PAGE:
I had expected to have lots of good strong coffee but Nova Scotians seem not to prioritise this. I was also surprised at how alien vegetarianism seems to be to them.  Restaurants seemed satisfied with themselves so long as they offered a single veggie option (usually mushroom risotto or salad). Salad sometimes had meat in it, however, and even baked beans in the hotel’s hot buffet had to contain bacon – real cowboy food. Frankie and Gino’s (nothing like our Frankie and Benny’s) was an unexpected treasure.  Friendly staff served pints of Rickards Red beer for those of us who were missing our real ale, and they were able to be more flexible about the menu. The complimentary mints that came with the bill caused a minor transatlantic stir. 
wintergreen
magical ointment
Our Canadian hosts explained that, in North America, the over-sized Polo mints are called Life Savers (they are lifebuoy-shaped, if you think about it for a moment!) But what was that pungent aroma that could be smelled through the sweet wrapper?  ‘Wintergreen,’ said the Canadians.  ‘Germolene,’ said the English. We were transported instantly back to the playground, grazed knees and the comforting smell of that magical, skin-coloured ointment applied lovingly by our mothers from a little tin.  The Canadians looked bemused but I politely declined to pop a Germolene-impregnated mint into my mouth.  Germolene was, as far as I was concerned, not to be taken internally.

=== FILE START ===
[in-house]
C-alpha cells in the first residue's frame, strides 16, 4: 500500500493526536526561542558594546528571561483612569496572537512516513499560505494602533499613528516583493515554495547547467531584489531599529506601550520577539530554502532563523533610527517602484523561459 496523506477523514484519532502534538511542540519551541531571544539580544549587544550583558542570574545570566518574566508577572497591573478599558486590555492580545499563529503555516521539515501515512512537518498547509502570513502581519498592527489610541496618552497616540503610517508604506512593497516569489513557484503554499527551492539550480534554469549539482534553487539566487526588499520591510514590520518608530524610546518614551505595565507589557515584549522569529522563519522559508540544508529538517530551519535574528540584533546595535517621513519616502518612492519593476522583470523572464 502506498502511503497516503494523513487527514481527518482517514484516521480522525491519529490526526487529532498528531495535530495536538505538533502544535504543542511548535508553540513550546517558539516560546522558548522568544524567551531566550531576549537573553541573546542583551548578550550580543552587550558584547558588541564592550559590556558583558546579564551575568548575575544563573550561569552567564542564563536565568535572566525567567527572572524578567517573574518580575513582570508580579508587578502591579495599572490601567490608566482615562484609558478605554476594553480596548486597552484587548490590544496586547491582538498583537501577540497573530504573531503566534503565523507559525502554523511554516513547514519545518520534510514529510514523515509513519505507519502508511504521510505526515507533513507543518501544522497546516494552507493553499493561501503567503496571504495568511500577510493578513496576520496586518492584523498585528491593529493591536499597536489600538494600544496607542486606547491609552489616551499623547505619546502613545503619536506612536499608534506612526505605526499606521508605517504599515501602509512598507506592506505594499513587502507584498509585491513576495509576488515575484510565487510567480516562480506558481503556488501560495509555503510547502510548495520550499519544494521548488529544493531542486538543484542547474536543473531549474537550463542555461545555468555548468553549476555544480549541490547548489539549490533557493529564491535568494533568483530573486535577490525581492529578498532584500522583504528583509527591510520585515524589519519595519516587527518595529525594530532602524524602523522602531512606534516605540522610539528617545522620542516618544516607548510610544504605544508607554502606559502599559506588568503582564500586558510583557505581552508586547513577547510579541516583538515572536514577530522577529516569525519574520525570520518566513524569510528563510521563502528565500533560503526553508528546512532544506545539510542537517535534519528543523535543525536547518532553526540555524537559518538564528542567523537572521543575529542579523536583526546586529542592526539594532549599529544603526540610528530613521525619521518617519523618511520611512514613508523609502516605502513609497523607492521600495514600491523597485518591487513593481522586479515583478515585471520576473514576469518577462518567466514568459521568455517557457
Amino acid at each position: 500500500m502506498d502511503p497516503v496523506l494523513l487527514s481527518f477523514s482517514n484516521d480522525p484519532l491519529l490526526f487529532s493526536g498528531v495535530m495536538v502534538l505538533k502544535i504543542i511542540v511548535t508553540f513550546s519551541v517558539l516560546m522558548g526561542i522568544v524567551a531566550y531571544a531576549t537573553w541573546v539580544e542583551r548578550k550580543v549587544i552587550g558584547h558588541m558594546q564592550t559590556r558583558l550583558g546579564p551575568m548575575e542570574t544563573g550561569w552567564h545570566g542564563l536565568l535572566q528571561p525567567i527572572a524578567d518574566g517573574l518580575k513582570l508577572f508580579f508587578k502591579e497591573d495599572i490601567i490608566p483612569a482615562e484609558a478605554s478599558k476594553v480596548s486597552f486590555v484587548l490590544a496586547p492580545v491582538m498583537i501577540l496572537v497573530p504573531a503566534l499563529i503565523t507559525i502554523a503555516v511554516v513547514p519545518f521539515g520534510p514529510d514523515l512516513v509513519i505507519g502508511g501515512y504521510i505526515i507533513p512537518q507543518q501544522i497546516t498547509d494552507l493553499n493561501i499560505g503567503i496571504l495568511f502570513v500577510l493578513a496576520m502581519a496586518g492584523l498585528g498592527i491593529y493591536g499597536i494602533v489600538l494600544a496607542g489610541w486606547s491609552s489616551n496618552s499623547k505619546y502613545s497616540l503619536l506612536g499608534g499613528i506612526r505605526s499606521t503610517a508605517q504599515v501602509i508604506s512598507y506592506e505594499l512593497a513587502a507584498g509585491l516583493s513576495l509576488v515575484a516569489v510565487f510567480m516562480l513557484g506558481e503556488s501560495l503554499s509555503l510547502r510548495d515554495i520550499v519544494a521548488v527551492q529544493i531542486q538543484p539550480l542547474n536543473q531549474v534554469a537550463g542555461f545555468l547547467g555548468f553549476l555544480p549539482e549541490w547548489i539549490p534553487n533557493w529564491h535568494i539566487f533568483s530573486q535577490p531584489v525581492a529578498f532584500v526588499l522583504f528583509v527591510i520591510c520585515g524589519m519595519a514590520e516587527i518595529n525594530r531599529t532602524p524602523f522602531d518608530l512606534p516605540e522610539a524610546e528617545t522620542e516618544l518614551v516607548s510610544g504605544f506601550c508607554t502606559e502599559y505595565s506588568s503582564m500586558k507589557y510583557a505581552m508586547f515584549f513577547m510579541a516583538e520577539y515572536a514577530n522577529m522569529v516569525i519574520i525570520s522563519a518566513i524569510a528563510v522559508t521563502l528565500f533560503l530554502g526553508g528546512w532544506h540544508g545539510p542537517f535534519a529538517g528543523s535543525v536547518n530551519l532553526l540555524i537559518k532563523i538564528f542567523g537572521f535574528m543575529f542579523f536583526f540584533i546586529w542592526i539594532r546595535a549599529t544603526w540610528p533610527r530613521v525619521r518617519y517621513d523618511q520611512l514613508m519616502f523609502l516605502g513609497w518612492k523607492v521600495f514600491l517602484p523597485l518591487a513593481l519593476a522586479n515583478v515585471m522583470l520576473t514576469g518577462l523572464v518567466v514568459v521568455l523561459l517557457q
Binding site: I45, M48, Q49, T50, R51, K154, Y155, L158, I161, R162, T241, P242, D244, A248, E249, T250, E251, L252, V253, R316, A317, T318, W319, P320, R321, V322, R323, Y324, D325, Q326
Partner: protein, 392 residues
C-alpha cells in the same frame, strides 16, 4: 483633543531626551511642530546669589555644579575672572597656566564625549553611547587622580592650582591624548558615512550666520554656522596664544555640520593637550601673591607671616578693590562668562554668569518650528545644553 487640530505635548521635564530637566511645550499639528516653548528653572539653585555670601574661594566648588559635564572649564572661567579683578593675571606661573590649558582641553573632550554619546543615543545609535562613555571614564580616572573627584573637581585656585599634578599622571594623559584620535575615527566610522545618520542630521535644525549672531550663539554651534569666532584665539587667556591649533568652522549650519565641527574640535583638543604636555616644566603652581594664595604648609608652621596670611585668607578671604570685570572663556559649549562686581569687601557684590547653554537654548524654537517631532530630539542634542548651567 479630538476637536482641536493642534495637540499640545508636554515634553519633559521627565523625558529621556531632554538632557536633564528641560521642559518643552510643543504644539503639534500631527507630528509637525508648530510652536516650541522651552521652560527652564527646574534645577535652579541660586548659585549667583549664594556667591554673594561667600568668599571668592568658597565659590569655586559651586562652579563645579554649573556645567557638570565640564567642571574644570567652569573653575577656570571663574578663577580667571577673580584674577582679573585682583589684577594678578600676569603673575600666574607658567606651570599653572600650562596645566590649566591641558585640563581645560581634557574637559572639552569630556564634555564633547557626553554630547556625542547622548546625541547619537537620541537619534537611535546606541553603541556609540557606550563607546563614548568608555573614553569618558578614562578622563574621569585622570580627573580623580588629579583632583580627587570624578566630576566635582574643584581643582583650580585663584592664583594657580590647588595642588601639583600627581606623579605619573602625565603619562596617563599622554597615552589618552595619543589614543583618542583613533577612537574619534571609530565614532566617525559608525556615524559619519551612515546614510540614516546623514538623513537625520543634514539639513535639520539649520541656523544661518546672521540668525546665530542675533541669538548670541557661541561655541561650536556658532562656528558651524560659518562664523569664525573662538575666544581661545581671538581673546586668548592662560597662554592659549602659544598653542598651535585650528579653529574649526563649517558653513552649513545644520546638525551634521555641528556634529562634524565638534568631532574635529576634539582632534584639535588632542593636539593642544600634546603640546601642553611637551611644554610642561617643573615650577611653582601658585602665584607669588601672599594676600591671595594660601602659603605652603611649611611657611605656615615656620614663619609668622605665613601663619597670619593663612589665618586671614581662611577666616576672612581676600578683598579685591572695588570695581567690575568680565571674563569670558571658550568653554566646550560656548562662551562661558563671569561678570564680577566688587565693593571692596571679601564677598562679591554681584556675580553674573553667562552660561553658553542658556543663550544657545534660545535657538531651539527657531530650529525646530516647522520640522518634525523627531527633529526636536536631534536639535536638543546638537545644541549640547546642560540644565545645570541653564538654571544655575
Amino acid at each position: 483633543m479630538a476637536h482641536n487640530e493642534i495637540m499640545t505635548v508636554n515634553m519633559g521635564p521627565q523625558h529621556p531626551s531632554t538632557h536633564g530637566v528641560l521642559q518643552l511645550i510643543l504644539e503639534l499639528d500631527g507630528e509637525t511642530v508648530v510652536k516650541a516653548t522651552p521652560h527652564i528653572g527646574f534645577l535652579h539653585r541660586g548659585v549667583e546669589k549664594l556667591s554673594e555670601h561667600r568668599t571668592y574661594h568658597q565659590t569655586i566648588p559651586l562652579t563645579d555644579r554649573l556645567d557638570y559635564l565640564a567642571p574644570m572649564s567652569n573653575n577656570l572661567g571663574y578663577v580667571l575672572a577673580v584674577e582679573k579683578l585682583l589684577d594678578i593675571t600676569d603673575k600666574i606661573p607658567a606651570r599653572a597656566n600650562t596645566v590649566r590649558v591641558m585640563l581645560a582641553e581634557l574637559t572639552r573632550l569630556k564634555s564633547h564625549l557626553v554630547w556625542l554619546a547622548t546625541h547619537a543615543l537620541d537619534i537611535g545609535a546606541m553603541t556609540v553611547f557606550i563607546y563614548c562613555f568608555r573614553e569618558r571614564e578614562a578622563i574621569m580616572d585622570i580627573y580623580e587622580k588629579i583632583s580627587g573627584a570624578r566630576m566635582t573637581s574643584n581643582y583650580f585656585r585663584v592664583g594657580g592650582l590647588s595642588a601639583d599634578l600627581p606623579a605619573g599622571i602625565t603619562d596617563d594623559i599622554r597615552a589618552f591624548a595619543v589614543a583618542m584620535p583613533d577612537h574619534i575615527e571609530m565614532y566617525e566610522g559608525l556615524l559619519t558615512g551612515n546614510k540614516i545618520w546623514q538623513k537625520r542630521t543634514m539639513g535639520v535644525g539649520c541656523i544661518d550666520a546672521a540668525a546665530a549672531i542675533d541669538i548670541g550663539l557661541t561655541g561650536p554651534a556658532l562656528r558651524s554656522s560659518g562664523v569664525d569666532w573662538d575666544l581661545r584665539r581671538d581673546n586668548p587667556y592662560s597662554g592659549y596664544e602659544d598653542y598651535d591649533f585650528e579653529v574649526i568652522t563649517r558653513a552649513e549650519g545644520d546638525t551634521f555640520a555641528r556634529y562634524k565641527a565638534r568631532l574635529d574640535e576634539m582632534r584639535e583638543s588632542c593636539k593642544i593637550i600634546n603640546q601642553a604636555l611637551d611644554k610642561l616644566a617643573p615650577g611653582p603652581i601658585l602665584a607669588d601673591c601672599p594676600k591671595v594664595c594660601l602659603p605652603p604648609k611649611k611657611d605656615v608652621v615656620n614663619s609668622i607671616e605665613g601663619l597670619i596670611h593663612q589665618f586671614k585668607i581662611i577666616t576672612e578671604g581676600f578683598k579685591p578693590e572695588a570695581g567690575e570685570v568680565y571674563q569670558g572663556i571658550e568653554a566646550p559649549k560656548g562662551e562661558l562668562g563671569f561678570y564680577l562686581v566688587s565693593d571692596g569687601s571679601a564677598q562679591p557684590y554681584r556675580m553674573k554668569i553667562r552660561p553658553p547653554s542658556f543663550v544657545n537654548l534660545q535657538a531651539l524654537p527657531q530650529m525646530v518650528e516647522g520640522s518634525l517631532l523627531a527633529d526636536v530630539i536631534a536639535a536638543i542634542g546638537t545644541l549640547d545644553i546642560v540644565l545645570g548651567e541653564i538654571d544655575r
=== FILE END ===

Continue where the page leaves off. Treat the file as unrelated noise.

The Nova Scotians seemed more Scottish than they realised. Some of them pronounced ‘Out and about’ as ‘Oot and aboot’. They seemed to prefer meat and fish to fruit and vegetables; trees and lakes (lochs?) abound.  The traditional music they enjoy, which they think of as Nova Scotian, sounded pretty Irish and Scots to my ears. If a young man decides to take up the bagpipes rather than the guitar it is not considered strange.Fresh fruit, like strong coffee, seemed unimportant in Nova Scotia. 

A few precious bananas appeared in the hotel one day but, within 24 hours, they had converted themselves into a banana dessert. Curiously, slices of oranges were de rigueur, whether on the edge of a pint of Rickards White beer or as an accompaniment to poached eggs. Apart from these ubiquitous slithers of orange, fruit was, if not forbidden, rare.


After a week in Truro, the enthusiastic politeness of the hotel staff was wearing a bit thin. Call it grumpiness, but an English person is satisfied with a grunt when he thanks a waitress for pouring his coffee whereas it is the Canadian reflex to declare: ‘You’re welcome!’ at every turn. I had the privilege to meet some great characters and kind souls in Nova Scotia and so - perhaps despite rather because of the urgent, insistent ‘You’re welcomes’ - I genuinely did feel very welcome in this big, beautiful, peaceable province.






Sunday, 26 May 2013

Thankfully not floating away with Unknown Mortal Orchestra